Even though I love New England hard-core, I deal with seasonal affective disorder every winter. If you do too, this past weekend’s frigid temps and wind chill probably made it worse. The good news? Daylight savings time is 28 days away!
Seasonal affective disorder (SAD) is depression associated with the change in seasons, for most people it’s fall and winter. You may not have any depressive issues during other times of the year, but you feel down in the doldrums when the days get shorter and the temperatures start plummeting (depending on where you live of course).
Coping with Seasonal Affective Disorder (SAD)
For some reason, SAD has thrown me for a serious loop this winter (I haven’t felt motivated to do ANYTHING!), and I’m SUPER EXCITED that the time change is right around the corner. If you also suffer from seasonal affective disorder, here are some things you can do to cope:
Exercise As Much As You Can
Exercise, a natural antidepressant, will get your endorphins going and help you to feel better. Even if it’s not running, find something you like to do that keeps you moving. Maybe try an indoor yoga class if the temperature is too cold outside, or even an exercise video if you can’t muster up the motivation to leave the house!
Just like a run, you will never feel worse when you’re done! Your motivation may feel lacking in the winter months, but try to make it happen and I will 99.9% guarantee it will make you feel better afterwards.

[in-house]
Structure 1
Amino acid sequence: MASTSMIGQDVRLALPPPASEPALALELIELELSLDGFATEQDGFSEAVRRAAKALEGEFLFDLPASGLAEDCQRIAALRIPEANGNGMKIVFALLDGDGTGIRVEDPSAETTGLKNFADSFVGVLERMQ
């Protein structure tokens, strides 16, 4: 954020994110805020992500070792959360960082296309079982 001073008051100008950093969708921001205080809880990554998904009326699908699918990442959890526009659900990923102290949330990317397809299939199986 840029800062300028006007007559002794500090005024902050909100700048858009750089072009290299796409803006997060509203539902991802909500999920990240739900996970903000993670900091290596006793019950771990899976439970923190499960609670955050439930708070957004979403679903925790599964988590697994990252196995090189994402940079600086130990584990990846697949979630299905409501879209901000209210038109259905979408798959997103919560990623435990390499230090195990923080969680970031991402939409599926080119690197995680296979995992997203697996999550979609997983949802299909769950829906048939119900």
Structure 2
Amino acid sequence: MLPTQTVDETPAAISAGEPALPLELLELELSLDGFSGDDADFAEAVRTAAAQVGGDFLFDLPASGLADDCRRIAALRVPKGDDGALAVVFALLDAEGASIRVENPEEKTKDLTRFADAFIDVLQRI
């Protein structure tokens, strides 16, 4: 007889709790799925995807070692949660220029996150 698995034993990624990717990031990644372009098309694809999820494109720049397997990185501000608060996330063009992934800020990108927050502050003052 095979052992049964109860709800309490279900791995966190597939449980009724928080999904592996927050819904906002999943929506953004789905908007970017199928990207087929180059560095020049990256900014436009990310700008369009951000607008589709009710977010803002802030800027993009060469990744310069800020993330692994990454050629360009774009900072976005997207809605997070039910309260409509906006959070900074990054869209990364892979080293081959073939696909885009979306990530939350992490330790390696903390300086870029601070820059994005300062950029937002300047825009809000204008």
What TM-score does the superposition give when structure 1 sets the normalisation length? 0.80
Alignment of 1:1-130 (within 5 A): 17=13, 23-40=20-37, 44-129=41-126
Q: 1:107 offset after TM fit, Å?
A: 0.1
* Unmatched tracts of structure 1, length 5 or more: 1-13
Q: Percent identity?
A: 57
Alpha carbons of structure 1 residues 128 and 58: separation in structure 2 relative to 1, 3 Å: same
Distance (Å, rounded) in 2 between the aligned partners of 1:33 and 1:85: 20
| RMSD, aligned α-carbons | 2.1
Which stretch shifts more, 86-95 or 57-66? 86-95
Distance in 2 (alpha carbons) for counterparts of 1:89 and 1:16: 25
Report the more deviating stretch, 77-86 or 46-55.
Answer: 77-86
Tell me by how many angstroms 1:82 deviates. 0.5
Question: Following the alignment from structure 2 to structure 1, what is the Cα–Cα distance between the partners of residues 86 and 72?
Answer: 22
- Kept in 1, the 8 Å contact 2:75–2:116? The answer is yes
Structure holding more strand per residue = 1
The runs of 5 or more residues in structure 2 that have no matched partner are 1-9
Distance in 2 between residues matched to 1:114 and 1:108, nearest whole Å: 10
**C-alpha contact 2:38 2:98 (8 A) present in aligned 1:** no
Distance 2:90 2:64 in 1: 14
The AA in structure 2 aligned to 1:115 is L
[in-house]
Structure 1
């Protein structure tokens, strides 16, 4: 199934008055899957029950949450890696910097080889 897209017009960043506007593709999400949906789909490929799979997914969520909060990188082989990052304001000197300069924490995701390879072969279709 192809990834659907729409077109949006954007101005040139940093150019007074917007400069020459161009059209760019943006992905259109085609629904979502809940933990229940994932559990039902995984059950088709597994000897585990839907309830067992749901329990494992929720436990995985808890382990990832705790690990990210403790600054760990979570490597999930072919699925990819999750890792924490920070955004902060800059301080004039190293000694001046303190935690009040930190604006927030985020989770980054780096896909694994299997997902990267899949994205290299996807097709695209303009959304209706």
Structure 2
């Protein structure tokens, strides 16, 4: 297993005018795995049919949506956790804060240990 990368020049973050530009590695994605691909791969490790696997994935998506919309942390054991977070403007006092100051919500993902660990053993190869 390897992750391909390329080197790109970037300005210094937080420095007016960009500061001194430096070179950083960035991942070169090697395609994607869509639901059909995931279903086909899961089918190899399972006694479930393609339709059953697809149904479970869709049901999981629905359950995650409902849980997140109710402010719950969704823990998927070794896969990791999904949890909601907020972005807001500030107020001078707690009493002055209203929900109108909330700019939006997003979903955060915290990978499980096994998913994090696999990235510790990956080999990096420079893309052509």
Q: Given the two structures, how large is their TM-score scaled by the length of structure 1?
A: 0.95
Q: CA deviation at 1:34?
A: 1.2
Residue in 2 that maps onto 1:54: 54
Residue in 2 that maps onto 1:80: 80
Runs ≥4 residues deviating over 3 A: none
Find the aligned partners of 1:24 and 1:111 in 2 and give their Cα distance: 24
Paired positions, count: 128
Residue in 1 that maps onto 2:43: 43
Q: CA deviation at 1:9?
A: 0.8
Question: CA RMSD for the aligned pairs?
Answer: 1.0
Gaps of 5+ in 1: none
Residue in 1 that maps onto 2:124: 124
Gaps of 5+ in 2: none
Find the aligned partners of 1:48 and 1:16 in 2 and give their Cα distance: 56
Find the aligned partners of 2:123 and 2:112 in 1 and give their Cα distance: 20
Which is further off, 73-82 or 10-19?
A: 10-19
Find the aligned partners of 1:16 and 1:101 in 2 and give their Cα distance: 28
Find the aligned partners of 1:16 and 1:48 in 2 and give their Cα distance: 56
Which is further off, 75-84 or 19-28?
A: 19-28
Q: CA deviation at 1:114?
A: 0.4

Go Somewhere Warm and Sunny!
If you can swing it in your budget, plan a winter getaway to somewhere warm and sunny. If you have budget constraints, go for a weekend or find a buddy and split the cost! Getting a nice healthy dose of warmth and sunshine can do wonders for your mood.
If you suffer from SAD each winter, try setting aside money throughout the year for a getaway. When fall hits, start making plans. The planning process will keep you busy, and you will have something fun to look forward to when you’re felling low!
Light therapy can do wonders for seasonal affective disorder. You can purchase a light therapy box (uses regular light bulbs) and sit in front of it for 30 minutes a day. Research has shown that you get the best benefits using it in the morning. The regular exposure to an extra dose of light can help regulate your circadian rhythms.
Hang Out With Friends
Schedule time out of the house with friends and family. Being with others, socializing, usually helps to improve your mood. It also gives you something to look forward to during the week. Make plans for dinner, coffee, a movie, or whatever you like!
Medication (Pharmaceutical and Alternative)
You may find that your seasonal affective disorder is so debilitating that you need to try antidepressant medication, perhaps just for the season. Talk to your doctor and see if medication might be a good option for you. If you want to try a natural treatment, you can look at melatonin, omega 3-fatty acids, SAMe or St John’s wort.
Psychotherapy can play an important role in managing seasonal affective disorder. Meeting regularly with a therapist can help you manage stress, learn effective coping methods, and change thought patterns that can make SAD worse. It never hurts to schedule a session and see if it helps you feel better!
Stick to a Sleep Schedule
When you are dealing with SAD, you can find that you are waking up more at night and consequently having a hard time waking in the morning. Try to stick to a regular schedule for your sleep/wake times. A consistent sleep schedule will keep your exposure to light constant and help mediate the depression.
Do you suffer from seasonal affective disorder (SAD)? How do you cope?
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